Healthy Habits: Mindless Eating


The refrigerator door is open, you're looking for something to satisfy a craving, but not sure what you want.  You're not really hungry, you just need a little pick me up.  Sound familiar?  This is mindless eating.   Eating, not because of hunger, but because specific cues are being sent to the brain to signify the craving for food.  Consuming food is often done without thought.  The clock strikes a certain time and we automate our eating.  This isn't the only reference point we use to designate meal times. Emotional cues also leave us grasping for the closest comfort.  Happiness, sadness and boredom are common mindless eating emotions. 


Recognizing the emotion and having a plan in place to satisfy a need when an emotional cue arises could mean the difference between losing momentum in a weight loss attempt and significantly increasing the success rate of implementing a healthy lifestyle. 


Simple strategies include:

·       Keep high calorie foods out of sight and out of mind

·       Pre-portion healthy snack options so they are readily available

·       Don’t eat bulk food from its package. Portion it out and put the package back

·       Leave plates/cans/bottles etc. on the table so you can see what you already consumed

·       Use smaller plates and tall skinny glasses to trick you brain into thinking it’s getting more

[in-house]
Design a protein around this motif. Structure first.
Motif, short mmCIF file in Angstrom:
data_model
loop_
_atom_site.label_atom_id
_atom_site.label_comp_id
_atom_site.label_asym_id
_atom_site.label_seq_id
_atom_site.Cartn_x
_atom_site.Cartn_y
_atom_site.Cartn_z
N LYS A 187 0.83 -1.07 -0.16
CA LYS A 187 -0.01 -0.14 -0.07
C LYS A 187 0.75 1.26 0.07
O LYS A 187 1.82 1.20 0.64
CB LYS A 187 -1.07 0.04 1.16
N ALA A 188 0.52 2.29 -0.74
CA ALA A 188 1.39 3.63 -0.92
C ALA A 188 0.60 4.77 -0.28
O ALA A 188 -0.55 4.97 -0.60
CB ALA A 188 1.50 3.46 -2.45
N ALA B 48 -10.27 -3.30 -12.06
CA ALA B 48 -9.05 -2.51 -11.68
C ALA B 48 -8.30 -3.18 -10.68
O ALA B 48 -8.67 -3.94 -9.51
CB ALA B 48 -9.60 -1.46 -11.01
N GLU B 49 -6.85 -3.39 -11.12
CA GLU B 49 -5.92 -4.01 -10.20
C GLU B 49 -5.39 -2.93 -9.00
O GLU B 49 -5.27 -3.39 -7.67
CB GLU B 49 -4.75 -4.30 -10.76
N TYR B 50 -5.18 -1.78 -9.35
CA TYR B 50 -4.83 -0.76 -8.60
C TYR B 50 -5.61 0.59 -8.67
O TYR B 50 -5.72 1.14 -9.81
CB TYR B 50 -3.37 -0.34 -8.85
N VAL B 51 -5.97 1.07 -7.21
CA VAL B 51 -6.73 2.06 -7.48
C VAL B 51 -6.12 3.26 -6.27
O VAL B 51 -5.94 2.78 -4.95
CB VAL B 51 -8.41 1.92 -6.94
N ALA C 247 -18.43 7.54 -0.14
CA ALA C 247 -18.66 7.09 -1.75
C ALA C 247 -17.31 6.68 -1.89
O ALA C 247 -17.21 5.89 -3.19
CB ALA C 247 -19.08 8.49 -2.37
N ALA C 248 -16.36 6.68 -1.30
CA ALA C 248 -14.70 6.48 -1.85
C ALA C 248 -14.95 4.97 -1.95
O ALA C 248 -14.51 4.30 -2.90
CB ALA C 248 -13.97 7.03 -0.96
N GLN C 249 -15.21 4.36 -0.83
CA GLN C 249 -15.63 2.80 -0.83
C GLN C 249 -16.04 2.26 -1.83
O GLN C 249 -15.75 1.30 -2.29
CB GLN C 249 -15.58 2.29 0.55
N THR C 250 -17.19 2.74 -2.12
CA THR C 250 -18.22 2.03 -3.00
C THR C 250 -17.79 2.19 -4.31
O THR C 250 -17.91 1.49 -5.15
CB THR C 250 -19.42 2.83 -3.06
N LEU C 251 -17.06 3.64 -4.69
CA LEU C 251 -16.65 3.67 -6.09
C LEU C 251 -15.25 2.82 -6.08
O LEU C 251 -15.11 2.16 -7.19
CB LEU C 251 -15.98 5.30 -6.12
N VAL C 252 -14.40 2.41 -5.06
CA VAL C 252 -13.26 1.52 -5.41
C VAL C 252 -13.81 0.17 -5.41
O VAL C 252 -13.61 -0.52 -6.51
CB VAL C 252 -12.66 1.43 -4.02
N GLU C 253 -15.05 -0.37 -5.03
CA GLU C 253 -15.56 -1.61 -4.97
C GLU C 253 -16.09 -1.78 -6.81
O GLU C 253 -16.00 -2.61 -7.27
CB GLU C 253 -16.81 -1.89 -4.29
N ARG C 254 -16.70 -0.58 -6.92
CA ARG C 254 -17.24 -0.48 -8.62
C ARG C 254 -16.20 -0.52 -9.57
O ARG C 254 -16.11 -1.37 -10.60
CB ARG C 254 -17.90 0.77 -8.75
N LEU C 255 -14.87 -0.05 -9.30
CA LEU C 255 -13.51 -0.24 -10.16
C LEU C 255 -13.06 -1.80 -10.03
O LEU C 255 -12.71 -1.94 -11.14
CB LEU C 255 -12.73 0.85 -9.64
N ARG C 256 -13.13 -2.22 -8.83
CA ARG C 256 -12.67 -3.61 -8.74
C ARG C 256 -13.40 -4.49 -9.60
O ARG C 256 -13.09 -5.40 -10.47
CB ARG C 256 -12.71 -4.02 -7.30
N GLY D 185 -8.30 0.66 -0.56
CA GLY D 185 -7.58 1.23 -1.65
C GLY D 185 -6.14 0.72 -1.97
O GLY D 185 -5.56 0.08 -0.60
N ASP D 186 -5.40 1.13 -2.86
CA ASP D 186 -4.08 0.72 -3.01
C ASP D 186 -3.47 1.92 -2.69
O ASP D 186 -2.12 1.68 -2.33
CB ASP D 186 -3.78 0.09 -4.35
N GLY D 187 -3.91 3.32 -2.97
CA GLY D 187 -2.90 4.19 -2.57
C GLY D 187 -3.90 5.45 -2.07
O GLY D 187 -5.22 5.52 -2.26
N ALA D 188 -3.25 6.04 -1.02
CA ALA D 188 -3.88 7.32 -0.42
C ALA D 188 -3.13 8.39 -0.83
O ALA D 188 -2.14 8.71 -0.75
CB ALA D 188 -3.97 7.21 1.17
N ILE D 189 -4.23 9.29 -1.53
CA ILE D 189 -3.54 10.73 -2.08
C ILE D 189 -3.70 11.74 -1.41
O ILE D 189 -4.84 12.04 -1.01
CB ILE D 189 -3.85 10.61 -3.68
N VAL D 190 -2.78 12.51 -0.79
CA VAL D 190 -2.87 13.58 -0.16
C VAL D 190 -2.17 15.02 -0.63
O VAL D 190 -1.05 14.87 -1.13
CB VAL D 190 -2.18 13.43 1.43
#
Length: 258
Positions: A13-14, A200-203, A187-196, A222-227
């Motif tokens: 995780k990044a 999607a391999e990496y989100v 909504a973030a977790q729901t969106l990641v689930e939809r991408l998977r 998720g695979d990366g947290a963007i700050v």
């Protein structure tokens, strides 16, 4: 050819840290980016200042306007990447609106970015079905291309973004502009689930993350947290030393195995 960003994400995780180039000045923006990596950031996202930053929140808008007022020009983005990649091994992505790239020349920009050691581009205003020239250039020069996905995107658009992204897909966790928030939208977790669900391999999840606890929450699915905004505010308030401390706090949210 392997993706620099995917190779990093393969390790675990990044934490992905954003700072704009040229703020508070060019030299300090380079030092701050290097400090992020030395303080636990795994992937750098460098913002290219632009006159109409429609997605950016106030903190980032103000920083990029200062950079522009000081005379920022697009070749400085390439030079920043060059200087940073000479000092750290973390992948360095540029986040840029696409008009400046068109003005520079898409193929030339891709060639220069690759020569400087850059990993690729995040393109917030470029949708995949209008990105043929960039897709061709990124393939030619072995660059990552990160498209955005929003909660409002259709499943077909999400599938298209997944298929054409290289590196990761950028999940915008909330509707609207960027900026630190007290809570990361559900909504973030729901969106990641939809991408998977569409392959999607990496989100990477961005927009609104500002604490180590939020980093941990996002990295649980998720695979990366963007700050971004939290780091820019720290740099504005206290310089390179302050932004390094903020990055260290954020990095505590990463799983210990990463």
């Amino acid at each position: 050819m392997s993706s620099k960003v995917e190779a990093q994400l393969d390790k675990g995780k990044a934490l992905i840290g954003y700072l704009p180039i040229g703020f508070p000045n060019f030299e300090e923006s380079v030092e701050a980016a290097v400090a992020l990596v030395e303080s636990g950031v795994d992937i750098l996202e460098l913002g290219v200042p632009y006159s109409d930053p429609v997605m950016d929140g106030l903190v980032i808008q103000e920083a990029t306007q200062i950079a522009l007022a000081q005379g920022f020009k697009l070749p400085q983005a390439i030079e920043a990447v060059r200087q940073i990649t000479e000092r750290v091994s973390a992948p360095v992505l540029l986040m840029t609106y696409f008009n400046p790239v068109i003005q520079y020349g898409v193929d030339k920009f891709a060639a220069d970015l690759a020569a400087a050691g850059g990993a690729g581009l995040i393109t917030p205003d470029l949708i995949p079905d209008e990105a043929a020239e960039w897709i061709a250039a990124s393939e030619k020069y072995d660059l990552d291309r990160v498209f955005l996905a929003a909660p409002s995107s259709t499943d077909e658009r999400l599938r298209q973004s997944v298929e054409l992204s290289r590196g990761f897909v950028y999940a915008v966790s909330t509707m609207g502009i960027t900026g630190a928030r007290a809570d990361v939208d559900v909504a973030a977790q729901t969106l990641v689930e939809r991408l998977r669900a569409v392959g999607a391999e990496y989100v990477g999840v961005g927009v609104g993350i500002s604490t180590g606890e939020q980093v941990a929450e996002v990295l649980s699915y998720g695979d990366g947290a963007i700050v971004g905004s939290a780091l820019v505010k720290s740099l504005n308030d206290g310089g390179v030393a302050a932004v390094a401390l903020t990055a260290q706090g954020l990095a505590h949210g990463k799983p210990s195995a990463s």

Take time to enjoy the food you’re eating.  Mentally checking out during meals can mean forgetting how much of something you have already eaten. Eating while distracted, whether it is watching television, working on the computer or playing on your phone can leave you eating far more calories than you realize. 


Research has shown slow eaters tend to eat less, feel fuller and find their meal to be a more pleasant experience.   By taking more time to eat your meal, you allow the release of hormones that tell your body it’s full.  This may reduce the amount of times you go back for seconds.  


Convenience makes it easy for mindless eating to be a regular practice.  If more time had to be taken to walk to a cabinet, grab a container from a high shelf, open a package, portion it out and then place the content back in the bag and put it back in the container and then put it back on the high shelf in the cabinet, would this make you think twice about having it?  Yes.  You would now be making a mindful decision to eat. 


Consider other situations causing mindless eating:

·       Continuing to eat more because others haven’t yet finished their meal

·       Advertising on TV triggers a craving for a particular food

·       Rewarding a particular behavior with food

·       Bottomless bowls of chips/soups/pasta make you lose track of how much you ate

·       Eating/Drinking often increases when you’re not paying the bill 


Become mindful of daily food decisions.  Slow down, savor foods and have a plan to change eating patterns. 


This week’s Healthy Habit:  Choose 3 strategies for mindful eating and stick with them for 60 days to create a new behavior. 


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